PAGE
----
Olympic Bells ring out at the Centre for Public Health
At 08.12hrs on Friday 27 July 2012, ten brave and enthusiastic souls from CPH bared the strange looks of passers-by on their way to work, whilst ringing a range of multi-coloured 'tinker' bells to celebrate the start of the London 2012 Olympics.
Our own Golden Girl
We are delighted and very proud that our colleague Ruth (Dr Ruth Hunter), Project Manager for the MRC funded PARC Study at Queen's, Centre of Excellence for Public Health, has been selected as part of the army of physiotherapists who will be working at the London 2012 Olympic Games. She was successful in getting through a selection process that attracted more than 250,000 applicants. Ruth’s role will see her swap her day job for a role as a physiotherapist in the Polyclinic at the Athlete’s Village where over 17,000 athlete’s will be based. “I am delighted to have been selected to work at London 2012 and excited about contributing to what I am sure will be a hugely successful Olympics.”
Dr Jayne Woodside wins prestigious honour
At the 2012 British Nutrition Society annual conference Dr Jayne Woodside was awarded the prestigious Nutrition Society Silver Medal which has been awarded annually since 1991 for scientific excellence in the field of Nutritional Biosciences. Dr Woodside is currently Reader in Nutrition in the Centre for Public Health. She was awarded the Medal in recognition of her international reputation in the field of diet and health and in particular for her leadership of innovative research and extensive academic publication record.
Jenny Bristow at the Nutiriton Society Meeting
The 2012 Nutrition Society Summer Meeting on ‘Translational Nutrition’ was hosted by Queen’s University Belfast. Alongside the scientific meeting, the Centre for Public Health and Centre of Excellence for Public Health Research at Queen’s teamed up with the Nutrition Society and the award winning W5 interactive discovery Centre to run a ‘Summer Food Master Class’ for families.
Families joined well known good food ambassador, celebrated chef and author Jenny Bristow as she guided them through the fun of preparing and cooking easy, versatile and healthy meals. This was no ordinary cookery demonstration as Jenny had planned a thoroughly modern masterclass where visitors were inspired to get into the kitchen and get cooking together using local ingredients and seasonal produce. Further details of sample dishes provided can be found here.
The event was co-sponsored by the Centre of Excellence for Public Health Research NI and the Centre for Public Health, QUB.
Electric Fans May Do More Harm Than Good In A Heat Wave
It may seem counterintuitive if you’ve ever cooled yourself down by the stiff breeze of an electric fan, but a new review published in the Cochrane Library suggests there’s no strong evidence that fans help during a heat wave.
Co-author, Mike Clarke, from the All-Ireland Hub for Trials Methodology Research in Queen's University Belfast, said "robust evidence is lacking on the benefits and harms of electric fans. We need a large randomized trial to resolve this long-standing and on-going uncertainty and to help people make well-informed choices about their use. Increased sweating can cause dehydration and electrolyte imbalance. If these fluids and electrolytes are not replaced quickly enough, there is a possibility that fans may do more harm than good.”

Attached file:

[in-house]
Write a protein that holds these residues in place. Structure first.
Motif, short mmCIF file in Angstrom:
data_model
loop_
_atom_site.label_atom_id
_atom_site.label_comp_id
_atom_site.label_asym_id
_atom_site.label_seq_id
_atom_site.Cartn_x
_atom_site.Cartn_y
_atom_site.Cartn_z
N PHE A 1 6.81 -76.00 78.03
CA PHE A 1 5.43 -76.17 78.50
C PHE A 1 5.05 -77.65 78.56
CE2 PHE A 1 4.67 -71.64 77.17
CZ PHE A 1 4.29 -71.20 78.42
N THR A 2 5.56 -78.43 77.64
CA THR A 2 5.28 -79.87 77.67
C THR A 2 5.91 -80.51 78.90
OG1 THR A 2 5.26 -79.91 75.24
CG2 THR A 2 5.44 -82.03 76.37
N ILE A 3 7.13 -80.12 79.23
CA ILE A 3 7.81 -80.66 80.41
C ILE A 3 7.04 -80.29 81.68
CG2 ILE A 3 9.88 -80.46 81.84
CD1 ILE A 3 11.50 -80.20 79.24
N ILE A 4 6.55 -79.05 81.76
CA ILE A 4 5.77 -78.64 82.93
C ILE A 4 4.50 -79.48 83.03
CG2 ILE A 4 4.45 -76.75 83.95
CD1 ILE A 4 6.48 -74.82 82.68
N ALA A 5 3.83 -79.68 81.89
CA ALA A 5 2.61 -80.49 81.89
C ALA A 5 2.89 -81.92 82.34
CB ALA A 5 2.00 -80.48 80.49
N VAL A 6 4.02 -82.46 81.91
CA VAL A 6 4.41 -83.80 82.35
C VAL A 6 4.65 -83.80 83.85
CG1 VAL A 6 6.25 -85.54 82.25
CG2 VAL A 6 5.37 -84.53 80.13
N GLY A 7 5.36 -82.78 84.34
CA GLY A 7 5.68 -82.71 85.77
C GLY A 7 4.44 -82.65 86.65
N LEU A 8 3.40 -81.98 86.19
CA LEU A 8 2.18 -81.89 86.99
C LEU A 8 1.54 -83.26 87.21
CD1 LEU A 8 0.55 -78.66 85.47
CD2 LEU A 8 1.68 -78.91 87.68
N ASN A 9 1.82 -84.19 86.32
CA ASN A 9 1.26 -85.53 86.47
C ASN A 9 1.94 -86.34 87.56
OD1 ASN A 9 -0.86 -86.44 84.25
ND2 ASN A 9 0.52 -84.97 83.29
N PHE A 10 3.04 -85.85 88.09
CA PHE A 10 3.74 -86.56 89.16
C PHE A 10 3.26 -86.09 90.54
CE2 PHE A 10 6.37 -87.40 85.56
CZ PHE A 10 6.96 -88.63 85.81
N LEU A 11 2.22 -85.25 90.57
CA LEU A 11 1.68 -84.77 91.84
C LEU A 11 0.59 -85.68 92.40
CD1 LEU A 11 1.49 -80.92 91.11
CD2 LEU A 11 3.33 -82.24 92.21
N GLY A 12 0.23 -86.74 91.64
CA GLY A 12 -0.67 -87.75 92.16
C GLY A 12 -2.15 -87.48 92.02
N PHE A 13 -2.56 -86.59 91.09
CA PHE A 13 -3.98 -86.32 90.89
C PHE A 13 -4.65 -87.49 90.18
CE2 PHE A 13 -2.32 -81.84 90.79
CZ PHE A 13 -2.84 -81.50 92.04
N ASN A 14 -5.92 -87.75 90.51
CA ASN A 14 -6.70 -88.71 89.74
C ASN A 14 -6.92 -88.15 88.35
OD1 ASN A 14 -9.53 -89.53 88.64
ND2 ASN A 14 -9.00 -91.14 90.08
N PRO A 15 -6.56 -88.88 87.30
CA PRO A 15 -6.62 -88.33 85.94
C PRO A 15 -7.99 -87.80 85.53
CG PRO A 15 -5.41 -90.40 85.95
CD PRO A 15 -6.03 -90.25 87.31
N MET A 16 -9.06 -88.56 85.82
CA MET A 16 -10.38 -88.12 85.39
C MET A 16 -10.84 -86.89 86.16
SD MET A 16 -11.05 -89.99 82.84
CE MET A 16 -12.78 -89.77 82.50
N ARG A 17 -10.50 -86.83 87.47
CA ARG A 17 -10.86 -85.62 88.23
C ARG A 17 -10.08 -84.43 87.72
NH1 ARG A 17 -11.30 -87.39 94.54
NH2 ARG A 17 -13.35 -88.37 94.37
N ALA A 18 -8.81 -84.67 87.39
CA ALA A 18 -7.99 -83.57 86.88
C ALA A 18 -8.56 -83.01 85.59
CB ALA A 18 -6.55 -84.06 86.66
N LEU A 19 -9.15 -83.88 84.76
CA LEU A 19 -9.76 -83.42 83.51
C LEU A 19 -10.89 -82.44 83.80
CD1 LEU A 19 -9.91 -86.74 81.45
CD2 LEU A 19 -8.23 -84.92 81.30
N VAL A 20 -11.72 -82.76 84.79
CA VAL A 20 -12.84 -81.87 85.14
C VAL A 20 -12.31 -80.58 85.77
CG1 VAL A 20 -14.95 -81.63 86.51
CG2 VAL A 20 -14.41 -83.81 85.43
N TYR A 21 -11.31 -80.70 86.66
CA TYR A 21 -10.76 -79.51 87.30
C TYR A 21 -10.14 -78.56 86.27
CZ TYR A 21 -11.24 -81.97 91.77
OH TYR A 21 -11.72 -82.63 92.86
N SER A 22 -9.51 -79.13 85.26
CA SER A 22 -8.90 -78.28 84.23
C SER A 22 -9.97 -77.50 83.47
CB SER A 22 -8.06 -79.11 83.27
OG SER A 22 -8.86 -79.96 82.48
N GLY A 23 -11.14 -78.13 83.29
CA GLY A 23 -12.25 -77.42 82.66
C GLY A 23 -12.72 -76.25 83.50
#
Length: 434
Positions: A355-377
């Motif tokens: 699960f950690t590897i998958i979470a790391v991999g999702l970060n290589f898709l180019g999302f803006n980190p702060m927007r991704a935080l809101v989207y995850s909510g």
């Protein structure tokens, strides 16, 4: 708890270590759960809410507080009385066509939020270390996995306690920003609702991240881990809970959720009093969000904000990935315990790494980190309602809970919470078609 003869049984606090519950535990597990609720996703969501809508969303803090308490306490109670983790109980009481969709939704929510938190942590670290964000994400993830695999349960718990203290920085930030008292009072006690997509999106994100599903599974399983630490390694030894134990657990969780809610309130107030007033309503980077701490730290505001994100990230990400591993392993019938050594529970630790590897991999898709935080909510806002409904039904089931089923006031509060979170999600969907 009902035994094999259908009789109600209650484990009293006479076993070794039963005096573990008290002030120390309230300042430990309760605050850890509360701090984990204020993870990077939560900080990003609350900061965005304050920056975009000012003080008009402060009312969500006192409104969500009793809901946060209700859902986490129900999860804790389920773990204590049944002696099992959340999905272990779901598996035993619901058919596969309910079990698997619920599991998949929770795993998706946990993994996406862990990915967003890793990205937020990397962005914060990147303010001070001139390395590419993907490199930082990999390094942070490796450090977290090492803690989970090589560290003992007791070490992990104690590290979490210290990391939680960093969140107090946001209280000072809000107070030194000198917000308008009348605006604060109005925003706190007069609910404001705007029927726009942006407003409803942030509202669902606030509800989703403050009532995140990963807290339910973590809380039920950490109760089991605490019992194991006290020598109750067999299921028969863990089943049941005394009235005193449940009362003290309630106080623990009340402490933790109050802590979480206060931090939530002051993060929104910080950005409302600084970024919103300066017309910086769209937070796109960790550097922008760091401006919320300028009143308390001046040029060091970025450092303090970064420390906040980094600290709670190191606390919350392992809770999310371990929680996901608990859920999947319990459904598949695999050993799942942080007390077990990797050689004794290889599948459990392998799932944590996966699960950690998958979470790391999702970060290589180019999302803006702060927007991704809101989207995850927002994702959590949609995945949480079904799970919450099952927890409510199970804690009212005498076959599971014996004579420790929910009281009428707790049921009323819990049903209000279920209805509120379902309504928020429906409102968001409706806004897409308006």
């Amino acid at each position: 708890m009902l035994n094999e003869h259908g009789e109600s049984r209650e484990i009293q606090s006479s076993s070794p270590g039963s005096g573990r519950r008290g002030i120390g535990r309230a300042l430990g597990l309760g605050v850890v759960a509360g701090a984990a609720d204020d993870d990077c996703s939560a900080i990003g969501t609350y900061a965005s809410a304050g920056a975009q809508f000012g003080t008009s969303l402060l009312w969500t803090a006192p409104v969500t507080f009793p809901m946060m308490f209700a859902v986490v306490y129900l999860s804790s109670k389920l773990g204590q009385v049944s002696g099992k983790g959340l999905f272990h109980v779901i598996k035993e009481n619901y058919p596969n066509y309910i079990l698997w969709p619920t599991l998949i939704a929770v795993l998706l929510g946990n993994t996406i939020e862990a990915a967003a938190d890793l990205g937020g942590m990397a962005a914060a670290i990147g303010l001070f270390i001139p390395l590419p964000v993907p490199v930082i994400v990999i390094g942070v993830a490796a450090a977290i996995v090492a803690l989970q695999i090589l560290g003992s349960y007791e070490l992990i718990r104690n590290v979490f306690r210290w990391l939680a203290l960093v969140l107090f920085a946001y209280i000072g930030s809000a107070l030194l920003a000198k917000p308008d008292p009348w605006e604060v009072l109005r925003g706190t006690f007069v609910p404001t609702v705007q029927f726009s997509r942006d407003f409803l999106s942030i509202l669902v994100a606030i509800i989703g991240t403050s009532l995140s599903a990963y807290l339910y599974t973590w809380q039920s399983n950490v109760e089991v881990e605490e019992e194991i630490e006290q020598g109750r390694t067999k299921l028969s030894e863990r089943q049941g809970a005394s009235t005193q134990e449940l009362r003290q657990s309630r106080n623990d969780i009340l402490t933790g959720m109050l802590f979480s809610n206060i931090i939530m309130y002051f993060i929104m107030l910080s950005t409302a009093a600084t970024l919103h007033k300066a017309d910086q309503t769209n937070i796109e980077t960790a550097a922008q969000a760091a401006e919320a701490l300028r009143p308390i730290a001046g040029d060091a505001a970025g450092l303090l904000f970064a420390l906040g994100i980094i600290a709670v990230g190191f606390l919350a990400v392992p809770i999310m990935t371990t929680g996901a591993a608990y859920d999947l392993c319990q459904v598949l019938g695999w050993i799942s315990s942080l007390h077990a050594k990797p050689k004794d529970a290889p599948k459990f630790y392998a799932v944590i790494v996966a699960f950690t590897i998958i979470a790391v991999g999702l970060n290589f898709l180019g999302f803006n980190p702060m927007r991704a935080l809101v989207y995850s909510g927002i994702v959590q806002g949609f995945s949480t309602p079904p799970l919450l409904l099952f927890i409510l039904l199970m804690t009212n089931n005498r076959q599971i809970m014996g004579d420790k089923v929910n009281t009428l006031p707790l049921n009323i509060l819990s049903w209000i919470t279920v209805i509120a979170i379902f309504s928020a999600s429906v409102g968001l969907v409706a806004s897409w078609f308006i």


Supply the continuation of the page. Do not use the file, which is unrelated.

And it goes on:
Consider heat wave associated deaths with 30,000 reported in Europe in 2003 and this year, at least 46 deaths in the U.S. in late June and early July. These health issues are particularly worrisome for high risk individuals, such as older people and babies, who are more vulnerable to temperature extremes, in part because they are less likely to recognise symptoms of excessive heat exposure.
Further details are available here.
CPH visit south-east Asia
Internationalisation is essential to the sustainability of the School and recently members of the School's Internationalisation Group have been working with colleagues in the University's International Office to consolidate our international presence and global reach in terms of student recruitment. In addition CPH staff members Professor Liam Murray and Dr Marie Cantwell (pictured) continue to foster their international research/education collaborations in Malaysia and Singapore.
Pictured L-R: Professor Graham McGeown, Professor Liam Murray, Professor Hany Ariffin, Dr Karen McCloskey and Dr Marie Cantwell at the University of Malaya Medical Centre
SMDB 2012 Annual Celebration of Excellence
Over 160 staff, students and invited guests attended the School’s third Annual Celebration of Excellence on Wednesday 28 March 2012. The celebrations commenced with the presentation of the Distinguished Graduate Award to Professor Dame Ingrid Allen in recognition of her outstanding contribution to academic medicine, her leadership in research, her national and international profile and as a role model for the profession. Dame Ingrid also presented the awards in 10 categories celebrating the excellence and achievements of our best undergraduate and postgraduate students, postdoctoral researchers, academic and academic support staff.
Further details are available here.
Lighting a flame for science!
Dr Mark Tully, Centre for Public Health STEM Ambassador, recently participated in a Teacher/STEM Ambassador Networking Event at Our Lady of Mercy School, North Belfast. This event format provided an excellent forum for STEM Ambassadors and local teachers to meet and discuss how they can work together on future STEM activities in schools to maximise this unique and innovative programme. Feedback from teachers has been very positive and it is hoped that the event will facilitate greater use of local STEM expertise in the classroom.
For further information visit the STEM Ambassadors Programme. Picture courtesy of the Irish News
New study reveals improved cancer survival in Northern Ireland